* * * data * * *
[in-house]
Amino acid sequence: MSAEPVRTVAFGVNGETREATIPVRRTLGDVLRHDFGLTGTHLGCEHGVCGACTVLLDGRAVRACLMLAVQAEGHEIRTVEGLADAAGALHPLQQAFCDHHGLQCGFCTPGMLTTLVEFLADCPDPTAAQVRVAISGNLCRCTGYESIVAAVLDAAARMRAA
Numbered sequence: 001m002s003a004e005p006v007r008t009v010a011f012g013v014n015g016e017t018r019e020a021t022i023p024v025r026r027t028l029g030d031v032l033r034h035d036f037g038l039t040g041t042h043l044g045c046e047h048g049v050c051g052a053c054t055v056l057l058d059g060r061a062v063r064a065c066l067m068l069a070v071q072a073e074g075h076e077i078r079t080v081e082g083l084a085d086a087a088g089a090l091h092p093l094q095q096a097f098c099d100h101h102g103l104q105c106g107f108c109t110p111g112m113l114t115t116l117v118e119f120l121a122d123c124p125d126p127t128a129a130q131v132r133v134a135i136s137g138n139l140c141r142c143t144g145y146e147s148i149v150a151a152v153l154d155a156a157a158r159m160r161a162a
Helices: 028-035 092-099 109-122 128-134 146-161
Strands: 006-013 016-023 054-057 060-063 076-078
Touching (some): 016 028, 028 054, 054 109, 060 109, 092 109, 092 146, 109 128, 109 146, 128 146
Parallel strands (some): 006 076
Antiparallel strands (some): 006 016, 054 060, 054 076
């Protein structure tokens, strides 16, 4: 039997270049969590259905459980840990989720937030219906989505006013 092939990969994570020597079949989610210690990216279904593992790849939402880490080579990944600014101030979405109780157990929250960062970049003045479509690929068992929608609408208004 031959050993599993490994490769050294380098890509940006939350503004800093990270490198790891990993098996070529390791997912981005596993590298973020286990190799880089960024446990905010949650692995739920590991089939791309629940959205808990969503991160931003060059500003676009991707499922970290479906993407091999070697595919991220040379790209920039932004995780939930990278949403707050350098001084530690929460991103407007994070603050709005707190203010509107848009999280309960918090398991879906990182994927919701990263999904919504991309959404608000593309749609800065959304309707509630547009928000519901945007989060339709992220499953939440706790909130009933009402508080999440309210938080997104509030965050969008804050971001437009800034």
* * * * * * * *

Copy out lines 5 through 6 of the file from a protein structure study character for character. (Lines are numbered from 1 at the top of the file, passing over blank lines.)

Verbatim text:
Strands: 006-013 016-023 054-057 060-063 076-078
Touching (some): 016 028, 028 054, 054 109, 060 109, 092 109, 092 146, 109 128, 109 146, 128 146